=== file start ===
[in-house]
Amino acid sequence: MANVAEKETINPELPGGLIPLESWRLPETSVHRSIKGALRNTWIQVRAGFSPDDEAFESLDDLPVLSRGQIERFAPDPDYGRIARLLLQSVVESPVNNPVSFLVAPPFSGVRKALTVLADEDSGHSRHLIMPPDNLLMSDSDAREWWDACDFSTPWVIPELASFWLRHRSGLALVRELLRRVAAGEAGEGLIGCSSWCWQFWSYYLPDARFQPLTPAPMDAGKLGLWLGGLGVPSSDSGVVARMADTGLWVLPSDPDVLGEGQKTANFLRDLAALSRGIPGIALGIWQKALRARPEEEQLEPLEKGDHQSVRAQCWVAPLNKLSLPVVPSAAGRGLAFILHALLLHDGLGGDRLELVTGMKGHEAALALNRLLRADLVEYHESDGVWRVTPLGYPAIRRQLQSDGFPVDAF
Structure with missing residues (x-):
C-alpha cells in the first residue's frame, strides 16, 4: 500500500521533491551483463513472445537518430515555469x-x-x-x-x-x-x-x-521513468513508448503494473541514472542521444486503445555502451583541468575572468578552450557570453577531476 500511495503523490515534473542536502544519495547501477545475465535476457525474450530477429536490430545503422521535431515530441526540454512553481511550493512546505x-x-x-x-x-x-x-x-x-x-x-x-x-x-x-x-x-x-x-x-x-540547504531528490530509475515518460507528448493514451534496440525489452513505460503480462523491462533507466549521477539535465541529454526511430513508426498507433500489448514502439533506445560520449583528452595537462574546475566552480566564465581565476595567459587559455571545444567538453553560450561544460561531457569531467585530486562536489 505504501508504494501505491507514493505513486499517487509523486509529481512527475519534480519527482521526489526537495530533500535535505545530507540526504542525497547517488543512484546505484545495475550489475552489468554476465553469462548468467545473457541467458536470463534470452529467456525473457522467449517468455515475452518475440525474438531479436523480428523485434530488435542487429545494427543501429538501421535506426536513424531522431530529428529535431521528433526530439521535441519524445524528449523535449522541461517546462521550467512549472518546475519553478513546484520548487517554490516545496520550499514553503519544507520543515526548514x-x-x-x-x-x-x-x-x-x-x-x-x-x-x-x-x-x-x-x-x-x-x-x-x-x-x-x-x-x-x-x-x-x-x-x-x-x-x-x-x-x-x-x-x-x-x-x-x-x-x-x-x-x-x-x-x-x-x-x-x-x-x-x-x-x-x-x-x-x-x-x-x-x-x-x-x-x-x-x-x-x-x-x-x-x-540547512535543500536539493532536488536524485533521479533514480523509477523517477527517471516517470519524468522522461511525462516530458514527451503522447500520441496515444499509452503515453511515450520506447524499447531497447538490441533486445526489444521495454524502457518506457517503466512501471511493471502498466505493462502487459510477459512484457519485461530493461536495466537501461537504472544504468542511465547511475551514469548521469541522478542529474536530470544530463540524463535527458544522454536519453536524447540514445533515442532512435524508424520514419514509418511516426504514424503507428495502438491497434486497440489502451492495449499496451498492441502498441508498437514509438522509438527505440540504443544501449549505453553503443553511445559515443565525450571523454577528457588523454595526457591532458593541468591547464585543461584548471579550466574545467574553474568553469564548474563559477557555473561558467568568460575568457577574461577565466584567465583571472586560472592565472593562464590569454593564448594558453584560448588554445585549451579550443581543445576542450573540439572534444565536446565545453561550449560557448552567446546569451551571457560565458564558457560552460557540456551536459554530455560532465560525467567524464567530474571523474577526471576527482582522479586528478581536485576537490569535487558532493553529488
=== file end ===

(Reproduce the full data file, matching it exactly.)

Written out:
[in-house]
Amino acid sequence: MANVAEKETINPELPGGLIPLESWRLPETSVHRSIKGALRNTWIQVRAGFSPDDEAFESLDDLPVLSRGQIERFAPDPDYGRIARLLLQSVVESPVNNPVSFLVAPPFSGVRKALTVLADEDSGHSRHLIMPPDNLLMSDSDAREWWDACDFSTPWVIPELASFWLRHRSGLALVRELLRRVAAGEAGEGLIGCSSWCWQFWSYYLPDARFQPLTPAPMDAGKLGLWLGGLGVPSSDSGVVARMADTGLWVLPSDPDVLGEGQKTANFLRDLAALSRGIPGIALGIWQKALRARPEEEQLEPLEKGDHQSVRAQCWVAPLNKLSLPVVPSAAGRGLAFILHALLLHDGLGGDRLELVTGMKGHEAALALNRLLRADLVEYHESDGVWRVTPLGYPAIRRQLQSDGFPVDAF
Structure with missing residues (x-):
C-alpha cells in the first residue's frame, strides 16, 4: 500500500521533491551483463513472445537518430515555469x-x-x-x-x-x-x-x-521513468513508448503494473541514472542521444486503445555502451583541468575572468578552450557570453577531476 500511495503523490515534473542536502544519495547501477545475465535476457525474450530477429536490430545503422521535431515530441526540454512553481511550493512546505x-x-x-x-x-x-x-x-x-x-x-x-x-x-x-x-x-x-x-x-x-540547504531528490530509475515518460507528448493514451534496440525489452513505460503480462523491462533507466549521477539535465541529454526511430513508426498507433500489448514502439533506445560520449583528452595537462574546475566552480566564465581565476595567459587559455571545444567538453553560450561544460561531457569531467585530486562536489 505504501508504494501505491507514493505513486499517487509523486509529481512527475519534480519527482521526489526537495530533500535535505545530507540526504542525497547517488543512484546505484545495475550489475552489468554476465553469462548468467545473457541467458536470463534470452529467456525473457522467449517468455515475452518475440525474438531479436523480428523485434530488435542487429545494427543501429538501421535506426536513424531522431530529428529535431521528433526530439521535441519524445524528449523535449522541461517546462521550467512549472518546475519553478513546484520548487517554490516545496520550499514553503519544507520543515526548514x-x-x-x-x-x-x-x-x-x-x-x-x-x-x-x-x-x-x-x-x-x-x-x-x-x-x-x-x-x-x-x-x-x-x-x-x-x-x-x-x-x-x-x-x-x-x-x-x-x-x-x-x-x-x-x-x-x-x-x-x-x-x-x-x-x-x-x-x-x-x-x-x-x-x-x-x-x-x-x-x-x-x-x-x-x-540547512535543500536539493532536488536524485533521479533514480523509477523517477527517471516517470519524468522522461511525462516530458514527451503522447500520441496515444499509452503515453511515450520506447524499447531497447538490441533486445526489444521495454524502457518506457517503466512501471511493471502498466505493462502487459510477459512484457519485461530493461536495466537501461537504472544504468542511465547511475551514469548521469541522478542529474536530470544530463540524463535527458544522454536519453536524447540514445533515442532512435524508424520514419514509418511516426504514424503507428495502438491497434486497440489502451492495449499496451498492441502498441508498437514509438522509438527505440540504443544501449549505453553503443553511445559515443565525450571523454577528457588523454595526457591532458593541468591547464585543461584548471579550466574545467574553474568553469564548474563559477557555473561558467568568460575568457577574461577565466584567465583571472586560472592565472593562464590569454593564448594558453584560448588554445585549451579550443581543445576542450573540439572534444565536446565545453561550449560557448552567446546569451551571457560565458564558457560552460557540456551536459554530455560532465560525467567524464567530474571523474577526471576527482582522479586528478581536485576537490569535487558532493553529488